Gestures and Looks in Medieval Narrative

Burrow, J. A. 2002. Gestures and Looks in Medieval Narrative. Port Chester: Cambridge Unviersity Press.

Modern experts have studied, often in minute detail, such things as facial expression, gaze, gesture, and posture. When medieval commentators touched on these matters, as they sometimes did, tney were most often concerned with gestures, and in particular with what was proper improper in such bodily movements - the disciplines of decent gesture. Tere was also at that time, however, a scholastic tradition which considered non-verbal messages as part of a general theory of signs, signa - for semiology, though the term is modern, was not the creation of Peirce or Saussure, as their successors sometimes claim. A main authority for such discussions 'de signis' was a section of the De Doctrina Christiana of St Augustine; and since Augustine's understanding of the matter lies quite close to that adopted in this book, it seems appropriate to start with what he has to say. (Burrow 2002: 1)
The concern with appropriateness seems valid, as they lacked methods to study these matters in finer detail. I am especially interested in this scholastic tradition, as I currently have little to nothing from medieval ages on nonverbal behavior. Also, I should one day read 'de signis' section in English.
Here Augustine raises in passing the question of whether animals can be credited with that voluntas significandi upon which his prime distinction turn: do cocks or doves intend to signify when they crow or coo?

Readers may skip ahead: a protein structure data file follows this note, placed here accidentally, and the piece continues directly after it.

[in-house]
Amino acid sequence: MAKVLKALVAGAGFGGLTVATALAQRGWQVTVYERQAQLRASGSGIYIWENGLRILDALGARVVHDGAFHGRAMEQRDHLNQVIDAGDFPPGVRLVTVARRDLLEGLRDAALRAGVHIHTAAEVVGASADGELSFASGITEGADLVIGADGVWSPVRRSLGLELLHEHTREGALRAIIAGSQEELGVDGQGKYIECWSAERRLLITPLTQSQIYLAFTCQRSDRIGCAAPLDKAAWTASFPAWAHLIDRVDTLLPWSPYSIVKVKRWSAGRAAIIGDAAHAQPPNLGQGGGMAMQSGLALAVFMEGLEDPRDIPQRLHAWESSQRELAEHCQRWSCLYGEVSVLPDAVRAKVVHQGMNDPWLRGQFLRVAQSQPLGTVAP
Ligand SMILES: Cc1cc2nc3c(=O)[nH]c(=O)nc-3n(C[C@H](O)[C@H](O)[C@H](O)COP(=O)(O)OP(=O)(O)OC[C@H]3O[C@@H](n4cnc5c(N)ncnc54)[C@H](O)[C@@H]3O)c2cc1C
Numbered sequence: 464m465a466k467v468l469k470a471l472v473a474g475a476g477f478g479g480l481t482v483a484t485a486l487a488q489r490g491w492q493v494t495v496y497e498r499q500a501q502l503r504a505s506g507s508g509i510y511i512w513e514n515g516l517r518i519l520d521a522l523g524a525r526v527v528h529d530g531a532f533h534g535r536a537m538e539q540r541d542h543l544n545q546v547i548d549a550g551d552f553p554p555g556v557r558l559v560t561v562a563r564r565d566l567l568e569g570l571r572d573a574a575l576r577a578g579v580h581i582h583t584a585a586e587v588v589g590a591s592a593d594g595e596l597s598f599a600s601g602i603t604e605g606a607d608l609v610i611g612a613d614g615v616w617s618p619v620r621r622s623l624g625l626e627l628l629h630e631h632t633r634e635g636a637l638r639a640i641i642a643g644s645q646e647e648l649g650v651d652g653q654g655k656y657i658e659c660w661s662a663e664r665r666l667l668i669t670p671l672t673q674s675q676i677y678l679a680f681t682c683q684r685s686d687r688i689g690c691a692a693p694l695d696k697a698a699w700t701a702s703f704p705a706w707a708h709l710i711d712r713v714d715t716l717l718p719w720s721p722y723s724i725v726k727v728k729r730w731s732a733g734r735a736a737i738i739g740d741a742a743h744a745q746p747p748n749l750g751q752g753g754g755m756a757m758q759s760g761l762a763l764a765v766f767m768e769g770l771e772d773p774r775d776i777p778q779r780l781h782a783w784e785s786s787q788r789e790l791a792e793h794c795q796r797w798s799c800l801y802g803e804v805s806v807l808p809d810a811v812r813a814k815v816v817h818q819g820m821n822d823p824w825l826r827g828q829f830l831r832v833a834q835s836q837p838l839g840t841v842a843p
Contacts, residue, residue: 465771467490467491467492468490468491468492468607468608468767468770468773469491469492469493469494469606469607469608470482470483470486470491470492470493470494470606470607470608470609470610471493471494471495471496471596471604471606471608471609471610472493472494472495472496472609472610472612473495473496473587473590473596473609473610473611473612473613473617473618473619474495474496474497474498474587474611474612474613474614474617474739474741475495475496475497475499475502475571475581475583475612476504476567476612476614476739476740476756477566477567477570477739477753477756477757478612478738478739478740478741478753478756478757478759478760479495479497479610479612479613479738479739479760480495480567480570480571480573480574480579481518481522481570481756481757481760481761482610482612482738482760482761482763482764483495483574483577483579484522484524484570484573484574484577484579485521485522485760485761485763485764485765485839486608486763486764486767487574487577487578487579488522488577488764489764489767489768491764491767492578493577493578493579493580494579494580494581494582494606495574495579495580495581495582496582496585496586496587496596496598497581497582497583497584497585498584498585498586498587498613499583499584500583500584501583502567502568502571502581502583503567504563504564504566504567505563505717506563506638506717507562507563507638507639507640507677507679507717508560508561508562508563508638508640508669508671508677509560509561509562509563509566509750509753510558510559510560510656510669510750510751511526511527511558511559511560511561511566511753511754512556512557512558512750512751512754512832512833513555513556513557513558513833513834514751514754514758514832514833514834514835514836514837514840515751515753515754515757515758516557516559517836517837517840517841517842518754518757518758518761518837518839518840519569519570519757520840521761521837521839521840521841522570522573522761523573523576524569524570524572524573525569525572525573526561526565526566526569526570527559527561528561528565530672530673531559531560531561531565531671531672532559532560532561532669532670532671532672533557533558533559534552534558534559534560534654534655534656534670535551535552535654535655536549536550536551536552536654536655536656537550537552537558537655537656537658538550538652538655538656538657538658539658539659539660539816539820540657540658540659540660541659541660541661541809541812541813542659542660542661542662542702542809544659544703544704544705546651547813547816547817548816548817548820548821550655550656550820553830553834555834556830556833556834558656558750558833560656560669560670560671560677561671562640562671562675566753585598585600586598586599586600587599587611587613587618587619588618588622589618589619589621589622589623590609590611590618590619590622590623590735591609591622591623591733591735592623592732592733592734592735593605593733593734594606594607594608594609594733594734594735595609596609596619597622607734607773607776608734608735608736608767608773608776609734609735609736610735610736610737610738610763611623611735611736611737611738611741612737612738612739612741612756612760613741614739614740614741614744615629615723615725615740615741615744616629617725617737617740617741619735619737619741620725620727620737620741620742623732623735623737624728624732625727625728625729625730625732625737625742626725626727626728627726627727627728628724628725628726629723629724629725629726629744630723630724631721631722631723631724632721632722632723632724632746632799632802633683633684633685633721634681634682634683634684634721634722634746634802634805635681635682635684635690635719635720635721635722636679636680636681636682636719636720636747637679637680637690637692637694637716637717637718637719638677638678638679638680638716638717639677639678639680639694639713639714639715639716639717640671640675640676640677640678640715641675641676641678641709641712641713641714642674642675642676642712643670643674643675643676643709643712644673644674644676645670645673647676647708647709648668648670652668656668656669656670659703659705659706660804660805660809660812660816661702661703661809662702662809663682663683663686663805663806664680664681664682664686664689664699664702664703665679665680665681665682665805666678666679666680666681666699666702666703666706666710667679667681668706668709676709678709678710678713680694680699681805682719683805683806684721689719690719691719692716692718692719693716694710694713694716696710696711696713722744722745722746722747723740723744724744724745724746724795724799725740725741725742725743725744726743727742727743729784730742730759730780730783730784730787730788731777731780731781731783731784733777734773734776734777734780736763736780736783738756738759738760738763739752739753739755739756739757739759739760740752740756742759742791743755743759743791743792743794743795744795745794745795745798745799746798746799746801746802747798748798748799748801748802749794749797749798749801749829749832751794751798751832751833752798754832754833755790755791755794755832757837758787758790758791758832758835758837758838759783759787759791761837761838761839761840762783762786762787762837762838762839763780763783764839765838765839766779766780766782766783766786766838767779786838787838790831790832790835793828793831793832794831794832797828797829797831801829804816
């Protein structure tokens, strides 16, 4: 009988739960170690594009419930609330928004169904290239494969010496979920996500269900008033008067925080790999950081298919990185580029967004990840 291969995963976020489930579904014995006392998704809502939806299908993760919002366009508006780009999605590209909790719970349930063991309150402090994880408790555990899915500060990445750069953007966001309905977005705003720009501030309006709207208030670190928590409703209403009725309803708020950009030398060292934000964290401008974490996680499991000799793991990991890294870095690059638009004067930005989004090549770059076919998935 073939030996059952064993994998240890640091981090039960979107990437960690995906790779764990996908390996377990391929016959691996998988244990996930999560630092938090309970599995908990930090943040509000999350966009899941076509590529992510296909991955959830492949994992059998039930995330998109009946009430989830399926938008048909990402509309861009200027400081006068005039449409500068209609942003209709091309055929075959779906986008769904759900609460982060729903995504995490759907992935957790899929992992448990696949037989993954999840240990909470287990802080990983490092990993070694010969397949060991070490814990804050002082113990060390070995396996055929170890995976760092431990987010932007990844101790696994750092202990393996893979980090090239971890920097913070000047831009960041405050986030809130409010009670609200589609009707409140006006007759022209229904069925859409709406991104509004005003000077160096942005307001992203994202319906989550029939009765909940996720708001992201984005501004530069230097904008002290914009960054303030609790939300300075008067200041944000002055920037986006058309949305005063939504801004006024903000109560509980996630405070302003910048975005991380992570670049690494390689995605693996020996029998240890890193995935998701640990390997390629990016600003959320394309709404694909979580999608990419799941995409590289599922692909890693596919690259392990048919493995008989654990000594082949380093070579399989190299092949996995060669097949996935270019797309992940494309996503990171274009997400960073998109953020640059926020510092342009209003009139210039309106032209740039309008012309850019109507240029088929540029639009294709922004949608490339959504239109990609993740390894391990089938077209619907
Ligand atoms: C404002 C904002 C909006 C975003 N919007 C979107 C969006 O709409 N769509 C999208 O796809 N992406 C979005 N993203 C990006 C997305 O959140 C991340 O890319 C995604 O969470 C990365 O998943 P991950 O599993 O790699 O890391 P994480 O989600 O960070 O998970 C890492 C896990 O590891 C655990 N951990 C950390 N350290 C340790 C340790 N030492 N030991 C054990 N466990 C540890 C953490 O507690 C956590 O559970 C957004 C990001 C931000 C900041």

Leaving that question aside, Augustine passes on to treat signs 'given' by human beings. He classifies them according to the sense at which they are directed: some to the eyes, most to the ears, and a few to the other sense. Words form by far the most important type of audible signs (he also mentions the music of trumpet, flute, and lyre); but especially relevant here are his observations on signs directed to the eyes:
When we nod, we give a sign just for the eyes of the person whom we want, by means of that sign, to make aware our wishes. Certain movements of the hands signify a great deal. Actors, by the movement of all their limbs, give certain signs to the cognoscenti and, as it were, converse with the spectator's eyes; and it is through the eyes that flags and standards convey the wishes of military commanders. All these things are, to coin a phrase, visible words [verba visibilia].
(Burrow 2002: 2)
I don't exactly agree with verba visibilia, but voluntas significandi sounds interesting. So does the idea to divide signs by sensory channels or body parts - mainly because it opens up the possibility of dividing signs further by signs directed "to the feet" (locomotion), "to the back" (postures), to the skin (touch, texture), etc. Also, that the hands signify a great deal made me think of self-communication as a signification process necessary for everyday living - the practical techniques of prepating and eating food, for example, must signify a great deal for the person whom they serve.
The texts studied in this book deal mostly in visible signs such as gestures and looks, and it is with these that I shall be chiefly concerned, for only a few involve (non-verbal) sound: laughs, an occasional meaning cough, and a diabolical fart. (Burrow 2002: 3)
Haha, yes, coughs and farts are also part of nonverbal behavior.